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Need more paper.. Ropalidia Marginata - is an Old World species of Paper Wasp found in Pakistan, Peninsular India, Sri Lanka, South-east Asia, and Australia.<br />
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This species is quite unique because they are an all female workers that protect a Queen, while their male counter-parts only eat and mate when they have to. It is hard to distinguish between a Male and a Female wasp of this species, and usually the females are more in numbers than males. The nests of most true paper wasps are characterized by having open combs with cells for brood rearing, and a &#039;petiole&#039;, or constricted stalk, that anchors the nest. Paper wasps secrete a chemical which repels ants, which they spread around the base of the anchor to prevent the loss of eggs or brood.<br />
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The life of these Wasps is quite interesting to read and understand about. Here&#039;s a link to read more on them: <a href="https://en.wikipedia.org/wiki/Ropalidia_marginata" rel="nofollow">https://en.wikipedia.org/wiki/Ropalidia_marginata</a><br />
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I shot this image at the comfort of my doorstep, as they have built their nest right outside my door, on a wall; at the distance of only two steps. Although things could get nasty if they feel threatened, I have so far taken my chances to get as close as possible to these amazing creatures. I hope they don&#039;t get mad at me getting too close to their faces. It probably is not a great idea to let their colony grow in number, as I&#039;ve read they pack a painful sting when things turn bad. Until I decide how to safely remove their nest, I might as well make some images at my risk. Bangalore,Geotagged,India,Indian wasp,Ropalidia marginata,Wasp,comb,fly,insect,pain,paper wasp,sting,wings Click/tap to enlarge Country intro

Need more paper..

Ropalidia Marginata - is an Old World species of Paper Wasp found in Pakistan, Peninsular India, Sri Lanka, South-east Asia, and Australia.

This species is quite unique because they are an all female workers that protect a Queen, while their male counter-parts only eat and mate when they have to. It is hard to distinguish between a Male and a Female wasp of this species, and usually the females are more in numbers than males. The nests of most true paper wasps are characterized by having open combs with cells for brood rearing, and a 'petiole', or constricted stalk, that anchors the nest. Paper wasps secrete a chemical which repels ants, which they spread around the base of the anchor to prevent the loss of eggs or brood.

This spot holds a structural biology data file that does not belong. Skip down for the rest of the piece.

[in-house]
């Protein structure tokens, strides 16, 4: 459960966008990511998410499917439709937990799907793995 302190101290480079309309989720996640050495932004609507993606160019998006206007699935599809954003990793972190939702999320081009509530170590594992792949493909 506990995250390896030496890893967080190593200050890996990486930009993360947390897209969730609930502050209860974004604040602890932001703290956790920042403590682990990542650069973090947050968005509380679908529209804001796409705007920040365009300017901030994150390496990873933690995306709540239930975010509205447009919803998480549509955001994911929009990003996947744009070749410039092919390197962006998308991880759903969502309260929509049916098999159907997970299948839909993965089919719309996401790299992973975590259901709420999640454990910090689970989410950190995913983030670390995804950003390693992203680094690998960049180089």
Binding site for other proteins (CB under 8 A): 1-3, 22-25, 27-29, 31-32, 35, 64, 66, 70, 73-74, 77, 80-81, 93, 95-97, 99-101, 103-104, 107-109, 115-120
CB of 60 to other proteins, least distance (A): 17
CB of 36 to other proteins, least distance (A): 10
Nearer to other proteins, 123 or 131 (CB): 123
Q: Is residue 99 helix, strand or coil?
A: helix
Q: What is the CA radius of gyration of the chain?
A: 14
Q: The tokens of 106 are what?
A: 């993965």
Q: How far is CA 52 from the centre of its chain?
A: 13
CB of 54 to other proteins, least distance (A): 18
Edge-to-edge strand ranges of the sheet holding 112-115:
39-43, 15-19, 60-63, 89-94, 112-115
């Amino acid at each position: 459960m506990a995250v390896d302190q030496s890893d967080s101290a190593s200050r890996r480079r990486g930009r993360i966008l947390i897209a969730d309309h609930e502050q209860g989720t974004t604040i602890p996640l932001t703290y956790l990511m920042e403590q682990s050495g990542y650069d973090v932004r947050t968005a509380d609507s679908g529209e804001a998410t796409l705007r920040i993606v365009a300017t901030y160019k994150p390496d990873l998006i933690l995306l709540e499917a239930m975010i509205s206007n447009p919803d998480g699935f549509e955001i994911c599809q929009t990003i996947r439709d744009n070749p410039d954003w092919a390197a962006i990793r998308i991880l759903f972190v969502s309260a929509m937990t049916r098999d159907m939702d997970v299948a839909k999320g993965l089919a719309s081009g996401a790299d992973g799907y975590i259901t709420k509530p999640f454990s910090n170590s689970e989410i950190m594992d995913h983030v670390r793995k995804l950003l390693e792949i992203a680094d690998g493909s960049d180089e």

The life of these Wasps is quite interesting to read and understand about. Here's a link to read more on them: https://en.wikipedia.org/wiki/Ropalidia_marginata

I shot this image at the comfort of my doorstep, as they have built their nest right outside my door, on a wall; at the distance of only two steps. Although things could get nasty if they feel threatened, I have so far taken my chances to get as close as possible to these amazing creatures. I hope they don't get mad at me getting too close to their faces. It probably is not a great idea to let their colony grow in number, as I've read they pack a painful sting when things turn bad. Until I decide how to safely remove their nest, I might as well make some images at my risk.

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Ropalidia marginata is an Old World species of paper wasp found in Pakistan, peninsular India, Sri Lanka, South-east Asia and Australia. It was originally described by Fabricius in 1793 under the name Vespa ferruginea, but that name was preoccupied, so the oldest available name for the species is that given to it later by Lepeletier in 1836. One of its subspecies, R. marginata jucunda from New Guinea and Australia, was described in 1898, and two others, R. marginata rufitarsis from Myanmar and R... more

Species identified by Avinash Krishnamurthy
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By Avinash Krishnamurthy

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Uploaded Sep 10, 2015. Captured Sep 10, 2015 12:14 in 5th Cross Rd, MEI Colony, Phase 3, Peenya, Bengaluru, Karnataka 560058, India.
  • Canon EOS 60D
  • 1/160s
  • ISO100
  • 50mm